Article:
Criminals have been trying to steal login credentials of consumers and businesses of Canada’s biggest banks in a sustained and sophisticated phishing campaign for at least three years, according to a security vendor.

In a report released this morning, Check Point Software says one of the latest campaigns tried to trick users of the Royal Bank Express service into clicking on a PDF, which leads to a realistic-looking login page.

“By sending highly convincing emails to their targets, constantly registering look-alike domains for popular banking services in Canada, and crafting tailor-made documents, the attackers behind this were able to run a large-scale operation and remain under the radar for a long time,” says the report.

This fake message appearing to come from RBC was found by Check Point researchers

Aseel Kayal, a Check Point malware analyst who helped in the research, couldn’t say how many people have fallen for the scams.

The most recent campaign was launched at the end of August. She hasn’t seen another one in the last few months, but that would be typical of the ebb and flow from this threat actor, she said.

What the report calls a “massive” infrastructure of IP addresses behind the campaigns found by Check Point is similar to one set up by a gang identified by IBM in 2017, including using PDFs. The recent Check Point results seem identical to the discovery in 2018 of a campaign against RBC discovered by Trend Micro that specifically targeted customers in California.

Without giving attribution, the IBM and Check Point reports note that the IP addresses in the infrastructure come from Ukraine.


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The infrastructure identified by Check Point appears to come from the same infrastructure that over the years has launched efforts mimicking websites of this country’s largest financial institutions, including TD Bank, CIBC, Scotiabank, Bank of Montreal, as well smaller ones such as Tangerine (Scotiabank’s online bank), Simplii Financial (CIBC’s online bank), Desjardins Bank, Alberta’s provincially-owned ATB Financial, and the Interac interbank network.

Other targets include Rogers Communications, American Express, Wells Fargo, and Coast Capital Savings, a B.C. credit union.

Check Point found some 300 look-alike company domains that were hosting phishing websites.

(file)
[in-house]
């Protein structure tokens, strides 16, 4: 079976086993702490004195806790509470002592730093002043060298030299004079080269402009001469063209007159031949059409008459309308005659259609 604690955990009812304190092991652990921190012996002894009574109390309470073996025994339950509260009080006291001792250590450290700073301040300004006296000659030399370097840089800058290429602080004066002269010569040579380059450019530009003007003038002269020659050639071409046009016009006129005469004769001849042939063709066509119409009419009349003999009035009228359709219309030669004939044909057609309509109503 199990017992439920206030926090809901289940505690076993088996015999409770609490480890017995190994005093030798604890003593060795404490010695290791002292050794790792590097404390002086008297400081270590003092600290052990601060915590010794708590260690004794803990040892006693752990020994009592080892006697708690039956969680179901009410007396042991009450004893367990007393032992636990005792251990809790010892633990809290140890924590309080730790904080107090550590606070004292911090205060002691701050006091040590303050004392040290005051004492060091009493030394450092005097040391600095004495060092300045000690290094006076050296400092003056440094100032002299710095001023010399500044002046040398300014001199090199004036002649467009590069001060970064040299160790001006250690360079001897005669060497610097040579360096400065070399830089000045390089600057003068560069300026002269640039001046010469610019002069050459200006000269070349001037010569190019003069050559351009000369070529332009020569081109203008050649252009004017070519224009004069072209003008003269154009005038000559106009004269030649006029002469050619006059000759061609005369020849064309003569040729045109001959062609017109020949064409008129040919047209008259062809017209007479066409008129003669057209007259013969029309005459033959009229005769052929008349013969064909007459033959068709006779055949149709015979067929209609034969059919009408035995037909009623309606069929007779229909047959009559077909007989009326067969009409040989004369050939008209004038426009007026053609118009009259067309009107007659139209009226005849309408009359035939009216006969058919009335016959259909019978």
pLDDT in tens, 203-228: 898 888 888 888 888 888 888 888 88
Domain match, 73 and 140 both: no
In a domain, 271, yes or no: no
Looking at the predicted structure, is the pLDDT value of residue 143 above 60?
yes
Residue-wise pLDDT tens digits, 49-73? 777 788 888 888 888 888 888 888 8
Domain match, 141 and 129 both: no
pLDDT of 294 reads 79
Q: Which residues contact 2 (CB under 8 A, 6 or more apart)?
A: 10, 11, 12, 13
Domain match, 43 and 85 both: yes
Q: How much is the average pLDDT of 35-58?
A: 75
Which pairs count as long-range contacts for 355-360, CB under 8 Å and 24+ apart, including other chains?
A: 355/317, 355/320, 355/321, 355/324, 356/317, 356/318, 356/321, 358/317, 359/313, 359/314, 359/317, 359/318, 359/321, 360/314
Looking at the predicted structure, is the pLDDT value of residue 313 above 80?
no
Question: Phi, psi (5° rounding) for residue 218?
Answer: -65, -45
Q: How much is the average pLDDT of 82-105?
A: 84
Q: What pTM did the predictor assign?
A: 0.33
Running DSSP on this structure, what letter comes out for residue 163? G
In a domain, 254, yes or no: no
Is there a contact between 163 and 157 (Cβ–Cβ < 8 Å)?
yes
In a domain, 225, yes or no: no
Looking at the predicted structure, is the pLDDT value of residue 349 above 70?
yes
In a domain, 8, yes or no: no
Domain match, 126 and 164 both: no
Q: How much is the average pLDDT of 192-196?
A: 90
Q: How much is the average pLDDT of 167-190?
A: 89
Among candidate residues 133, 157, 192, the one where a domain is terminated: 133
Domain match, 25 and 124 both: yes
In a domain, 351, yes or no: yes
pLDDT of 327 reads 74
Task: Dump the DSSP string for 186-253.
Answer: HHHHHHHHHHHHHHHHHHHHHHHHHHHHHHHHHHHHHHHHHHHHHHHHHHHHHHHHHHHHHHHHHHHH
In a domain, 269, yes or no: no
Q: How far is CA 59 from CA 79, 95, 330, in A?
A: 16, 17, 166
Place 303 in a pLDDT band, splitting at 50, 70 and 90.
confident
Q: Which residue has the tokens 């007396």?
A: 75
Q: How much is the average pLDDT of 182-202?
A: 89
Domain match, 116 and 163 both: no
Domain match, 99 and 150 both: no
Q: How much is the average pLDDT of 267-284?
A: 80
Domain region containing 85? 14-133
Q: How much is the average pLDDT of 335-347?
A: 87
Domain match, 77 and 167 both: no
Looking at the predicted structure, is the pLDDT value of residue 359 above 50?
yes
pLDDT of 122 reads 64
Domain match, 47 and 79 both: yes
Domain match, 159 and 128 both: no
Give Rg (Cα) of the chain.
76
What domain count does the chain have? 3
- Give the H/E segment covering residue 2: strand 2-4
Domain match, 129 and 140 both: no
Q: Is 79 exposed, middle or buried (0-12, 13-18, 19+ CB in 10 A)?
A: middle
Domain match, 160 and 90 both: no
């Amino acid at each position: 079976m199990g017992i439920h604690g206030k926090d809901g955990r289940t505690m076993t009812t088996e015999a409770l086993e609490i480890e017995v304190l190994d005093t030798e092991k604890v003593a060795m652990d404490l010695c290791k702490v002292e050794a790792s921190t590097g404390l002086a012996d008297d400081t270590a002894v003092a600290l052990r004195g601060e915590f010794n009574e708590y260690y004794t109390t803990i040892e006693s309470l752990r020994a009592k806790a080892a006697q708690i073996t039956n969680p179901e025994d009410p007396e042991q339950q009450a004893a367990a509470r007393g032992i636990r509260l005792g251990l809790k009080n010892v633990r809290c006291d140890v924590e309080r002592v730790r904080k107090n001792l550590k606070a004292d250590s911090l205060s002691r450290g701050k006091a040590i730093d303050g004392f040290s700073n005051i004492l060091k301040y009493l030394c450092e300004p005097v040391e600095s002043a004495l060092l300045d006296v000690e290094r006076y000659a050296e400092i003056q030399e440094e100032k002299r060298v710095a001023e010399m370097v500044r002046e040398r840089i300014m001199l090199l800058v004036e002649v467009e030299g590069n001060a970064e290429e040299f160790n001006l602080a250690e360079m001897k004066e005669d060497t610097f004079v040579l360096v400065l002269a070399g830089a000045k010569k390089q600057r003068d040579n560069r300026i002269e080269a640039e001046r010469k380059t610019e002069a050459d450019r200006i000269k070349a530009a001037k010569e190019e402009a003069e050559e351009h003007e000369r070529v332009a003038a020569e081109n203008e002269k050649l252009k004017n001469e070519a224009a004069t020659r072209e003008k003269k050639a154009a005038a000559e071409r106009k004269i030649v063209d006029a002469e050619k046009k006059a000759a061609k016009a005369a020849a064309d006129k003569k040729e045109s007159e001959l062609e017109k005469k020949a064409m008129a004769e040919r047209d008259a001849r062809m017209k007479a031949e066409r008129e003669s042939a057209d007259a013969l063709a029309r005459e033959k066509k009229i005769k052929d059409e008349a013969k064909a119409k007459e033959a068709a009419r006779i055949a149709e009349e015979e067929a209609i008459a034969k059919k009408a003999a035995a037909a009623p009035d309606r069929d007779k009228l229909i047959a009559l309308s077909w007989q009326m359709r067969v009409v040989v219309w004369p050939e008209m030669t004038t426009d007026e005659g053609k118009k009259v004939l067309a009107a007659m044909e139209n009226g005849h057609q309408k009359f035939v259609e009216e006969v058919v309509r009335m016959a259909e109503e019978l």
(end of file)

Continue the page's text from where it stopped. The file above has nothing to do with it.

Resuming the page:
Some of those who receive these emails have been specifically targeted with their names in the messages. Others are addressed to “Dear client,” or not addressed at all. But they have a similar message: The codes for their digital certificates have been re-issued, so the user has to log in and renew them.

The fake login pages are close copies of real financial institution pages.

Unusual for phishing, the campaigns use a PDF as a lure, which includes instructions on renewing the certificate. To evade detection sometimes the PDFs were password protected. To improve credibility some of the messages have included a photo of a real bank employee, cut and pasted from the web, with her title.

Those documents have a link to a so-called authorization certificate sign-in page, which is actually the fake page for capturing credentials.

The report notes that the fake login pages are merely screenshots of real pages. But they have invisible text boxes on top of the input fields where victims would type in names and passwords. Alarmingly, the scam also works even if the victim subscribes to a multi-factor authentication service for extra protection. The fake pages have a place for filling in a token number.

After logging in the victim is taken to a fake page to enter their new digital certificate authorization code, and then wait while the bank system supposedly updates and registers their new certificate. Meanwhile, the crooks are accessing and draining the account.

To avoid being taken in by scams, Kayal said people should avoid clicking on links in an email that supposedly takes you to a financial institution’s site. Instead, either use a bookmark you created previously or Google the name of the institution and type in or click on that.



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